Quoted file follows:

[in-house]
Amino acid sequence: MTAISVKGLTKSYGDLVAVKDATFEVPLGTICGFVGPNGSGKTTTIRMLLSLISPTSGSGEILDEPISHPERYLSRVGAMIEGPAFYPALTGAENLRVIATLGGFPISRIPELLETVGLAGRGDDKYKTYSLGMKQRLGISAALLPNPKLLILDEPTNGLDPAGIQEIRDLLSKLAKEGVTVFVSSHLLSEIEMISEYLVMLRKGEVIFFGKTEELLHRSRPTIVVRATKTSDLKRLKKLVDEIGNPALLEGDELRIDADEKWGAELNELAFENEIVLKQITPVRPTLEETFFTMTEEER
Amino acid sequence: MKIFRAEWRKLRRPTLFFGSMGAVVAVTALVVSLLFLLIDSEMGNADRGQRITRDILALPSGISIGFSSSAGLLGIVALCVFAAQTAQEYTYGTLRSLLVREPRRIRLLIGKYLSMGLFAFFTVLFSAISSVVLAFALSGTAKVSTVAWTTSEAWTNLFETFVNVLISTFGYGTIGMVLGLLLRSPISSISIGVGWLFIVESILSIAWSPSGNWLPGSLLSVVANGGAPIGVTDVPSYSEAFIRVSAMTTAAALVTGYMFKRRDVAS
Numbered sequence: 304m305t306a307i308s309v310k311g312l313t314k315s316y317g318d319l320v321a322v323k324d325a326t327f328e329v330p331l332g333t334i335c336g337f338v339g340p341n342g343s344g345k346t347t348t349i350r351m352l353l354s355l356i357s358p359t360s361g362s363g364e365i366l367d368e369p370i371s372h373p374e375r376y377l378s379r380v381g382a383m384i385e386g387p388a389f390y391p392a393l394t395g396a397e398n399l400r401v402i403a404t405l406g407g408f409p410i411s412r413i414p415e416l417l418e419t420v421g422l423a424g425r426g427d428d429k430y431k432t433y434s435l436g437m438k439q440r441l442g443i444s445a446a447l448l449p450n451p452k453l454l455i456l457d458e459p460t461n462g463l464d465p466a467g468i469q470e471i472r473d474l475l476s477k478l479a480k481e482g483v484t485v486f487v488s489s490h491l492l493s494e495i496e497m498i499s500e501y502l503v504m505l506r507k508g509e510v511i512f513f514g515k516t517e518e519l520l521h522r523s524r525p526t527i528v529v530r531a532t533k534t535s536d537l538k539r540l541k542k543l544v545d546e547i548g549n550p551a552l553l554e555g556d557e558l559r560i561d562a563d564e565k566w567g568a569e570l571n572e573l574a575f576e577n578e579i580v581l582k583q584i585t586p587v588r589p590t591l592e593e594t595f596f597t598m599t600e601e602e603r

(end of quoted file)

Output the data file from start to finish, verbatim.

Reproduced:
[in-house]
Amino acid sequence: MTAISVKGLTKSYGDLVAVKDATFEVPLGTICGFVGPNGSGKTTTIRMLLSLISPTSGSGEILDEPISHPERYLSRVGAMIEGPAFYPALTGAENLRVIATLGGFPISRIPELLETVGLAGRGDDKYKTYSLGMKQRLGISAALLPNPKLLILDEPTNGLDPAGIQEIRDLLSKLAKEGVTVFVSSHLLSEIEMISEYLVMLRKGEVIFFGKTEELLHRSRPTIVVRATKTSDLKRLKKLVDEIGNPALLEGDELRIDADEKWGAELNELAFENEIVLKQITPVRPTLEETFFTMTEEER
Amino acid sequence: MKIFRAEWRKLRRPTLFFGSMGAVVAVTALVVSLLFLLIDSEMGNADRGQRITRDILALPSGISIGFSSSAGLLGIVALCVFAAQTAQEYTYGTLRSLLVREPRRIRLLIGKYLSMGLFAFFTVLFSAISSVVLAFALSGTAKVSTVAWTTSEAWTNLFETFVNVLISTFGYGTIGMVLGLLLRSPISSISIGVGWLFIVESILSIAWSPSGNWLPGSLLSVVANGGAPIGVTDVPSYSEAFIRVSAMTTAAALVTGYMFKRRDVAS
Numbered sequence: 304m305t306a307i308s309v310k311g312l313t314k315s316y317g318d319l320v321a322v323k324d325a326t327f328e329v330p331l332g333t334i335c336g337f338v339g340p341n342g343s344g345k346t347t348t349i350r351m352l353l354s355l356i357s358p359t360s361g362s363g364e365i366l367d368e369p370i371s372h373p374e375r376y377l378s379r380v381g382a383m384i385e386g387p388a389f390y391p392a393l394t395g396a397e398n399l400r401v402i403a404t405l406g407g408f409p410i411s412r413i414p415e416l417l418e419t420v421g422l423a424g425r426g427d428d429k430y431k432t433y434s435l436g437m438k439q440r441l442g443i444s445a446a447l448l449p450n451p452k453l454l455i456l457d458e459p460t461n462g463l464d465p466a467g468i469q470e471i472r473d474l475l476s477k478l479a480k481e482g483v484t485v486f487v488s489s490h491l492l493s494e495i496e497m498i499s500e501y502l503v504m505l506r507k508g509e510v511i512f513f514g515k516t517e518e519l520l521h522r523s524r525p526t527i528v529v530r531a532t533k534t535s536d537l538k539r540l541k542k543l544v545d546e547i548g549n550p551a552l553l554e555g556d557e558l559r560i561d562a563d564e565k566w567g568a569e570l571n572e573l574a575f576e577n578e579i580v581l582k583q584i585t586p587v588r589p590t591l592e593e594t595f596f597t598m599t600e601e602e603r